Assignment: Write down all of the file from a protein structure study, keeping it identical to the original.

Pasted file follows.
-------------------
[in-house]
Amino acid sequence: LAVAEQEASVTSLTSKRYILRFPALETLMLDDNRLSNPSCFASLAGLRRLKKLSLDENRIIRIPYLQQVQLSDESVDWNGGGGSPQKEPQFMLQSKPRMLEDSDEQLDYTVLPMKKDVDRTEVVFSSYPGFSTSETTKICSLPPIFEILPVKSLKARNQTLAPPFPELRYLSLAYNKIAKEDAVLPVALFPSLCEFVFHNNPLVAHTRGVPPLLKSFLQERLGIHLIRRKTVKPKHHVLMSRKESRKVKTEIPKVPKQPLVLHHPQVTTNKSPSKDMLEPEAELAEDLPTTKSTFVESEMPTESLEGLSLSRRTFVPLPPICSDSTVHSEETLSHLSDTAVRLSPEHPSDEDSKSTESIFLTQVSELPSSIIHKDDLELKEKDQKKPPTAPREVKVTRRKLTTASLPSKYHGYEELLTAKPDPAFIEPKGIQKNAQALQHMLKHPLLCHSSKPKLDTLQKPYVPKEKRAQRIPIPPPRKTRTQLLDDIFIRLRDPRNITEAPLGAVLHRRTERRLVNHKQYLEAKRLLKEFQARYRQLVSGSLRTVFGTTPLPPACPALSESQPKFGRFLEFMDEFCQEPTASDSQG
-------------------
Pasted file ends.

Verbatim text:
[in-house]
Amino acid sequence: LAVAEQEASVTSLTSKRYILRFPALETLMLDDNRLSNPSCFASLAGLRRLKKLSLDENRIIRIPYLQQVQLSDESVDWNGGGGSPQKEPQFMLQSKPRMLEDSDEQLDYTVLPMKKDVDRTEVVFSSYPGFSTSETTKICSLPPIFEILPVKSLKARNQTLAPPFPELRYLSLAYNKIAKEDAVLPVALFPSLCEFVFHNNPLVAHTRGVPPLLKSFLQERLGIHLIRRKTVKPKHHVLMSRKESRKVKTEIPKVPKQPLVLHHPQVTTNKSPSKDMLEPEAELAEDLPTTKSTFVESEMPTESLEGLSLSRRTFVPLPPICSDSTVHSEETLSHLSDTAVRLSPEHPSDEDSKSTESIFLTQVSELPSSIIHKDDLELKEKDQKKPPTAPREVKVTRRKLTTASLPSKYHGYEELLTAKPDPAFIEPKGIQKNAQALQHMLKHPLLCHSSKPKLDTLQKPYVPKEKRAQRIPIPPPRKTRTQLLDDIFIRLRDPRNITEAPLGAVLHRRTERRLVNHKQYLEAKRLLKEFQARYRQLVSGSLRTVFGTTPLPPACPALSESQPKFGRFLEFMDEFCQEPTASDSQG